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Volume 15 No. 07
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Accepted Papers

Emerging Technologies

Sleep Validity of a Non-Contact Bedside Movement and Respiration-Sensing Device

Margeaux M. Schade, PhD1,2; Christopher E. Bauer, PhD1,3; Billie R. Murray, BS1; Luke Gahan, MEng4; Emer P. Doheny, PhD4; Hannah Kilroy, MAI4; Alberto Zaffaroni, MEng4; Hawley E. Montgomery-Downs, PhD1
1Department of Psychology, West Virginia University, Morgantown, West Virginia; 2Department of Biobehavioral Health, Pennsylvania State University, State College, Pennsylvania; 3Department of Neuroscience, University of Kentucky, Lexington, Kentucky; 4ResMed Sensor Technologies Ltd., Dublin, Ireland

Study Objectives:

To assess the sleep detection and staging validity of a non-contact, commercially available bedside bio-motion sensing device (S+, ResMed) and evaluate the impact of algorithm updates.


Polysomnography data from 27 healthy adult participants was compared epoch-by-epoch to synchronized data that were recorded and staged by actigraphy and S+. An update to the S+ algorithm (common in the rapidly evolving commercial sleep tracker industry) permitted comparison of the original (S+V1) and updated (S+V2) versions.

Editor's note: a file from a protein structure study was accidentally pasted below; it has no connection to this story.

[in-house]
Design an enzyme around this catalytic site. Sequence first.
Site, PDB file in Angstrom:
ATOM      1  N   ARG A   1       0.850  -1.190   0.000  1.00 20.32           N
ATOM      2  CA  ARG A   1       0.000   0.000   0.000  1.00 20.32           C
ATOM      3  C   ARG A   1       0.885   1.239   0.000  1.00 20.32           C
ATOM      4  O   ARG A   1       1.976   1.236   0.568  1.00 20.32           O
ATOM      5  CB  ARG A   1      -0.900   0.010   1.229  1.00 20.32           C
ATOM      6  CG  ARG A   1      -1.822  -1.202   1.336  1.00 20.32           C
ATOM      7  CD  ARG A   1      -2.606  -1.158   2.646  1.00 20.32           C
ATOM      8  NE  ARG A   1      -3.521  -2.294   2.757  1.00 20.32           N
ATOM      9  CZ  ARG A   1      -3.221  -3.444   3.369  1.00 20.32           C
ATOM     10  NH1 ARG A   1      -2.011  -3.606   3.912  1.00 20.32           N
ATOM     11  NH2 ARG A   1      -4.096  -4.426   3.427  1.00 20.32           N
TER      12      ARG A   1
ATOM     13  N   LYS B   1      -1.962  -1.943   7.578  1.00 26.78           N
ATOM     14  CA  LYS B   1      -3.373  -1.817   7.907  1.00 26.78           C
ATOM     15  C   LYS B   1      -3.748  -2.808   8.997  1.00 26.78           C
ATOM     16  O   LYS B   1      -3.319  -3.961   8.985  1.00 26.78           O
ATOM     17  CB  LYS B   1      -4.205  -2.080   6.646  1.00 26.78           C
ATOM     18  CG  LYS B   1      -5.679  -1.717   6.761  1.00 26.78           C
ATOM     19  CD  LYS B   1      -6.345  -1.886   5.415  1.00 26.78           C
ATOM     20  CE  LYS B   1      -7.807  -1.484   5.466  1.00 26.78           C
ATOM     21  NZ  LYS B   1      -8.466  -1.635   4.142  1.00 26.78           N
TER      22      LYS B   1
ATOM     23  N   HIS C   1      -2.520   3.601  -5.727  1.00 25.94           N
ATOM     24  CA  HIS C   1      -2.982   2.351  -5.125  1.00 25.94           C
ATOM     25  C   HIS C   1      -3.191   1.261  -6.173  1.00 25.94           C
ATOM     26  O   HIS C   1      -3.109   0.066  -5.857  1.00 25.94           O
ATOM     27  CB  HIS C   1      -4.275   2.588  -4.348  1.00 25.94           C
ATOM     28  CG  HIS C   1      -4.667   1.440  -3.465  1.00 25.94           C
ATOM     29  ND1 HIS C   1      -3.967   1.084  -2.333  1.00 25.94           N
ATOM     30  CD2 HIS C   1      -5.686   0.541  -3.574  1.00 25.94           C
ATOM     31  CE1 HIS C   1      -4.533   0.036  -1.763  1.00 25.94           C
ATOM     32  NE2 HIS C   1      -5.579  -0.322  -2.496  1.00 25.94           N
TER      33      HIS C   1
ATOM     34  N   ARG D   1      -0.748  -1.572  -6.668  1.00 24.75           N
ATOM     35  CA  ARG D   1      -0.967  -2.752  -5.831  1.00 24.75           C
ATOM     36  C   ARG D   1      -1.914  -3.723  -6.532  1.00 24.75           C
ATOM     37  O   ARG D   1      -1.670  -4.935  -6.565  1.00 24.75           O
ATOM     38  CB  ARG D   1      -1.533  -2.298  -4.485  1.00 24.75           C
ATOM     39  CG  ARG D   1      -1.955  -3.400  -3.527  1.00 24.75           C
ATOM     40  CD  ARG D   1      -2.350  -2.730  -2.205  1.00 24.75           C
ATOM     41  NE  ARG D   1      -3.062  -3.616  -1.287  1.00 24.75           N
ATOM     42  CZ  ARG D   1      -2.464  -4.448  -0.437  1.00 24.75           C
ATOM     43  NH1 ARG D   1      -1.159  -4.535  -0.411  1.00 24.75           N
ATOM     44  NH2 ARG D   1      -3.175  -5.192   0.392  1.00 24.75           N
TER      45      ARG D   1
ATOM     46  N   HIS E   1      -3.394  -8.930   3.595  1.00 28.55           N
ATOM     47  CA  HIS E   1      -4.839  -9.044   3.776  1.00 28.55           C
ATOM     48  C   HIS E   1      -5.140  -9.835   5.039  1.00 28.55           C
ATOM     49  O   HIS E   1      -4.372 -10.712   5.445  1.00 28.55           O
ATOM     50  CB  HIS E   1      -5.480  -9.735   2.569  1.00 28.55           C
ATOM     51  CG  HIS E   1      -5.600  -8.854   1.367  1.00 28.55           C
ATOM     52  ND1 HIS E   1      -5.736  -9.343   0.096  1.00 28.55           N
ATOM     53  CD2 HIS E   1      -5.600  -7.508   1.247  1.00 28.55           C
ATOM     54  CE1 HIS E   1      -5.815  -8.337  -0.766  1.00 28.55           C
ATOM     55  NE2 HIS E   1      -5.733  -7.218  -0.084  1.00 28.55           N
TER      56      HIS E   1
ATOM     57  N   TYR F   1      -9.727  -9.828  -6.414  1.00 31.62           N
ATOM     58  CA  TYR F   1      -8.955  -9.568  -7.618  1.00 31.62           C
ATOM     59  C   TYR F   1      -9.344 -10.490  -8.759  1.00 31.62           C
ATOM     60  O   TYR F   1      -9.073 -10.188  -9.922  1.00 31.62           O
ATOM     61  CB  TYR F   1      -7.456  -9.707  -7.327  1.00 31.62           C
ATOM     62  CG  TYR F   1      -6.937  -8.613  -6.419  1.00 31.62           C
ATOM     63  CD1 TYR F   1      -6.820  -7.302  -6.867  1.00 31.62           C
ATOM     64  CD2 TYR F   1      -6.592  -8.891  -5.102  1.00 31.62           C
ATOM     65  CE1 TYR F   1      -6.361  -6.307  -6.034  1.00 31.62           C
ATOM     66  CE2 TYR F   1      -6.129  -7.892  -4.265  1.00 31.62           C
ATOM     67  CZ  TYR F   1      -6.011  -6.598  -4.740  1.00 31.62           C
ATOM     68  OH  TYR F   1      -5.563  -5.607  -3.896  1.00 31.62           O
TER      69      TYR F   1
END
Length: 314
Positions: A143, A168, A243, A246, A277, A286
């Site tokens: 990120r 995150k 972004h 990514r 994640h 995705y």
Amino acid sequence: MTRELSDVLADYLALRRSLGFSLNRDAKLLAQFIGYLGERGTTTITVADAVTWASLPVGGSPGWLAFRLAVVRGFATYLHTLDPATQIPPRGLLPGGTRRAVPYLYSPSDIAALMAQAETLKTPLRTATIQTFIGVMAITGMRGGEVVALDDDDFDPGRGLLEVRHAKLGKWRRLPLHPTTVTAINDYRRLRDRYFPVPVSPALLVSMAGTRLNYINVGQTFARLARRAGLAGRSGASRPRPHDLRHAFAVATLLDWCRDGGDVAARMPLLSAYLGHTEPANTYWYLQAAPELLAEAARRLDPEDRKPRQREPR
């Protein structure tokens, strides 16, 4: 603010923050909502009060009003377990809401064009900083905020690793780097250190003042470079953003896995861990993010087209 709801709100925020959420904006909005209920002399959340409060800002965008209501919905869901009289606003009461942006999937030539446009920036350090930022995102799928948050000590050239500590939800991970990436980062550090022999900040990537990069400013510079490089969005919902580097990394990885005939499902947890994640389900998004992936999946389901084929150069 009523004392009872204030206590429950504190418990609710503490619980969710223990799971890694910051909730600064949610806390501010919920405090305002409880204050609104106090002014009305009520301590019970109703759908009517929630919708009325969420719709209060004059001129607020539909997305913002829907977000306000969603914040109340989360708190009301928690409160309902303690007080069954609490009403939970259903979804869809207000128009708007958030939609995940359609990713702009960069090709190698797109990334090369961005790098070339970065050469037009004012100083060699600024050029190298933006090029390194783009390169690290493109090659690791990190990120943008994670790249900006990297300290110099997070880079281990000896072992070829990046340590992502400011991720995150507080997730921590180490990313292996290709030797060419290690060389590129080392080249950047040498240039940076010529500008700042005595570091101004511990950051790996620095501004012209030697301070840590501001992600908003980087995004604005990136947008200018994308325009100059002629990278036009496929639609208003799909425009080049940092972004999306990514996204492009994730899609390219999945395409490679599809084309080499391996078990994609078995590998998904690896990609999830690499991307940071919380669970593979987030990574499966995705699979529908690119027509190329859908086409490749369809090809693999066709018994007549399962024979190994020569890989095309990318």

Sleep detection accuracy by S+V1 (93.3%), S+V2 (93.8%), and actigraphy (96.0%) was high; wake detection accuracy by each (69.6%, 73.1%, and 47.9%, respectively) was low. Higher overall S+ specificity, compared to actigraphy, was driven by higher accuracy in detecting wake before sleep onset (WBSO), which differed between S+V2 (90.4%) and actigraphy (46.5%). Stage detection accuracy by the S+ did not exceed 67.6% (for stage N2 sleep, by S+V2) for any stage. Performance is compared to previously established variance in polysomnography scored by humans: a performance standard which commercial devices should ideally strive to reach.


Similar limitations in detecting wake after sleep onset (WASO) were found for the S+ as have been previously reported for actigraphy and other commercial sleep tracking devices. S+ WBSO detection was higher than actigraphy, and S+V2 algorithm further improved WASO accuracy. Researchers and clinicians should remain aware of the potential for algorithm updates to impact validity.


A commentary on this article appears in this issue on page 935.


Schade MM, Bauer CE, Murray BR, Gahan L, Doheny EP, Kilroy H, Zaffaroni A, Montgomery-Downs HE. Sleep validity of a non-contact bedside movement and respiration-sensing device. J Clin Sleep Med. 2019;15(7):1051–1061.

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